Reply
  3. Great post! The CDC must be planning for a positive outcome to assume we’ll need cash and id…Hmm you know what they say about assuming, eh? I think your list is much more practical. I especially like the addition of the butcher knife ; )
    I have only two things to add to your multipurpose list. 1) If you don’t already own one, find the nearest comic book/D&D store and get a sword., when sharp, these make awesome can openers too! 2) A bow and arrows- if I’ve learned anything at all from “The Walking Dead”, it’s that a bow and arrow is quiet and reusable, if you learn how to make your own arrows.

    Reply
  4. Let it henceforth be known: I refuse to be anyone’s emergency contact during the Zombie Apocalypse. I’m busy that day.

    Reply
  5. I like how you dealt with the flashlight problem.

    Also, I agree that it’s best to be an apothecary who sells drugs off the porch of his farmhouse. That’s the optimal setup for zombie apo.

    Fun and informative post, as always!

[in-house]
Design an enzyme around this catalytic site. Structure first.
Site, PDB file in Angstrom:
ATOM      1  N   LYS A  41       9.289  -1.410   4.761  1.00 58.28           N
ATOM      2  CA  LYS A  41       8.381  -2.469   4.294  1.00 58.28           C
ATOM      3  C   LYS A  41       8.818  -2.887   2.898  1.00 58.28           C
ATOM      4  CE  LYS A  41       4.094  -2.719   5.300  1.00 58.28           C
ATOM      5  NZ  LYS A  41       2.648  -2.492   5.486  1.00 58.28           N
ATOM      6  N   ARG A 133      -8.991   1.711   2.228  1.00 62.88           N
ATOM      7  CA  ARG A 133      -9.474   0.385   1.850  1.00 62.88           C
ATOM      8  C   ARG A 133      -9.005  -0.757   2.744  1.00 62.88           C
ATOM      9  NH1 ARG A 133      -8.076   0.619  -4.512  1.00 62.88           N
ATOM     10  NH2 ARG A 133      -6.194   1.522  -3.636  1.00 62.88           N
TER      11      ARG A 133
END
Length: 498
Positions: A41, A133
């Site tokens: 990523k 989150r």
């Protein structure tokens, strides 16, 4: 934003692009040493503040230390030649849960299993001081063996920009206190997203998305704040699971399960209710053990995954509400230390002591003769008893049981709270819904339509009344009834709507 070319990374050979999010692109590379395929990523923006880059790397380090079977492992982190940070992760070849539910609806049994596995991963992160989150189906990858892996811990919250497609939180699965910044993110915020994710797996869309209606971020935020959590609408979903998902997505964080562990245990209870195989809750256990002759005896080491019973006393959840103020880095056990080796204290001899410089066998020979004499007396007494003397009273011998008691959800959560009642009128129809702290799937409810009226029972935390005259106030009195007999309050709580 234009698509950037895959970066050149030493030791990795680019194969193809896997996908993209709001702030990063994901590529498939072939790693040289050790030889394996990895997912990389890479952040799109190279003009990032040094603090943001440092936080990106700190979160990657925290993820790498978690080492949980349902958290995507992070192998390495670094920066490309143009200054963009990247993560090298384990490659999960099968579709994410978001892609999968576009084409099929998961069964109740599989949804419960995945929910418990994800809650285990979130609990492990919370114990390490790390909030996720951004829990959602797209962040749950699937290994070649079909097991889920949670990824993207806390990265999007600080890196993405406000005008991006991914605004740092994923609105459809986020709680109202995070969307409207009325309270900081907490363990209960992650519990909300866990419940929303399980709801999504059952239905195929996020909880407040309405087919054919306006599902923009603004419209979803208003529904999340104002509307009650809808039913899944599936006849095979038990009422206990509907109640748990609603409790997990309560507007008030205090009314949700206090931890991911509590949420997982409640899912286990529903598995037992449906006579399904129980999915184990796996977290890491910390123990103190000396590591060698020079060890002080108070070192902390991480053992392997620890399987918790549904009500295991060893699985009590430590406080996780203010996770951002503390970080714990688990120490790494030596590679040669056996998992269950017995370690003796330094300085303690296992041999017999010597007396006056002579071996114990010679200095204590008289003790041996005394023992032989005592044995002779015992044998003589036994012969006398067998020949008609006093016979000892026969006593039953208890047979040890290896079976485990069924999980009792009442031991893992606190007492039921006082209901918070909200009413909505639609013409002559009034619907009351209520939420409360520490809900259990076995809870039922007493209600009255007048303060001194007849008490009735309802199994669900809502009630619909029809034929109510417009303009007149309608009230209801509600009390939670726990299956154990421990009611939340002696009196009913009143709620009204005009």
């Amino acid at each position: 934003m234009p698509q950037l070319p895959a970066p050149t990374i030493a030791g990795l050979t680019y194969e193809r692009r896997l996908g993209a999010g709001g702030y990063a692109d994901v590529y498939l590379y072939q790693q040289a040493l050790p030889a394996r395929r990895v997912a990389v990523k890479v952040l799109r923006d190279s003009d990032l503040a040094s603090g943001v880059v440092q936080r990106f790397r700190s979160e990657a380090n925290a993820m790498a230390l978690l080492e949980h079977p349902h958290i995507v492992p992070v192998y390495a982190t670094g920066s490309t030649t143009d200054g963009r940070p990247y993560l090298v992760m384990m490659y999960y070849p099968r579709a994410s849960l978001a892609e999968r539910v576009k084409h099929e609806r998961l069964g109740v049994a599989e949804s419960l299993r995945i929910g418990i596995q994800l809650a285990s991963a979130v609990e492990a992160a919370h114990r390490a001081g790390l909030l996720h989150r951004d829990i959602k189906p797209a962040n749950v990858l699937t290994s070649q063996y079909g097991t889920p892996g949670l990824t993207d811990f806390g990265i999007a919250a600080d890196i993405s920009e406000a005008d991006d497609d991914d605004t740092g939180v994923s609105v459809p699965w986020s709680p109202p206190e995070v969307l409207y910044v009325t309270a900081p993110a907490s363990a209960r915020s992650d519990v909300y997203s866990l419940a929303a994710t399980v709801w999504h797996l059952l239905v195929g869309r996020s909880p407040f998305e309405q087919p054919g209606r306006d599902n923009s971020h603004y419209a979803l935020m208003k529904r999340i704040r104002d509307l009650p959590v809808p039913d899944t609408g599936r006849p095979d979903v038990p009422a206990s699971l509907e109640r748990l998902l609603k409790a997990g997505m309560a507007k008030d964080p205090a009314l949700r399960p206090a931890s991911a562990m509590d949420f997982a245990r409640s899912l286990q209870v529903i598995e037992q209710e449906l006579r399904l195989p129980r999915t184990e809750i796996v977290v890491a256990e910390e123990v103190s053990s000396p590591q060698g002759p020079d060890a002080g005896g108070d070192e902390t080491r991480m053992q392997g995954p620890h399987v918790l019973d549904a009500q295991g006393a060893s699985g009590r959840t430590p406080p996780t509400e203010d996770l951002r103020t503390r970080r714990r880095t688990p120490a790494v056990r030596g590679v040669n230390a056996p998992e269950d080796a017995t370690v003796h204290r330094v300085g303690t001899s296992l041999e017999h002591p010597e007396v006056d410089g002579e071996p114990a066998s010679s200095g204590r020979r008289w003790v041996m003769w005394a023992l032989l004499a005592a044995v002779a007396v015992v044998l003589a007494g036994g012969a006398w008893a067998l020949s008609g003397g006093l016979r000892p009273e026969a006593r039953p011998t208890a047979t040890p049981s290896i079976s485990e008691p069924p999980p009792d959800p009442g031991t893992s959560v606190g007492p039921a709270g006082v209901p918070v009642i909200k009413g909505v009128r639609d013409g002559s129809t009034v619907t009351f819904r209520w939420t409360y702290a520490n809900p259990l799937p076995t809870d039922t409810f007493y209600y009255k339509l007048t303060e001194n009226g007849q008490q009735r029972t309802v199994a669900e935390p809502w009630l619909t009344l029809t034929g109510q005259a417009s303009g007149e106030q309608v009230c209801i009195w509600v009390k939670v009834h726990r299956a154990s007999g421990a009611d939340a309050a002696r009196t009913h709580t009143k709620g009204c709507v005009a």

Reply
  6. Marko Jezernik

     /  May 14, 2013

    Is CDC trying to prepare us for something here??? Sarcastic comments are great, but you missed one important item although. I watched a lot of B zombie movies over the last four months and the most important item on the list are strippers. You don’t have a chance of survival without them. Apparently they can fight anything: vampires, werewolves and zombies alike. So when society starts to fall apart the safest thing to do would be to find stripper joint safe haven and unleash the horde of strippers upon zombie atrocities.

    Reply
  7. I was watching ‘Talking Dead’ show and they had some guy recommend ‘panty hose’ in a zombie survival kit. Apparently it’s the new duct tape for its versatility ^^. Personally, I’d bring a can opener.

    Reply
  8. Great stuff. I almost can’t wait for the apocalypse! Er, well, maybe not. 😉

    Reply
  9. Your list obviously makes more sense. I never go anywhere without my baseball bat. And no one will need their passport once the zombie outnumber the humans. And extra cash? I mean, really, CDC? That’s what you’re going with?

    Reply
    • Apparently, the CDC hasn’t gotten the memo of society’s ultimate demise during a zombie apocalypse. I think we should send them a strongly-worded demand letter in order to rectify this breach of trust with the American people. Whaddya think?

      Reply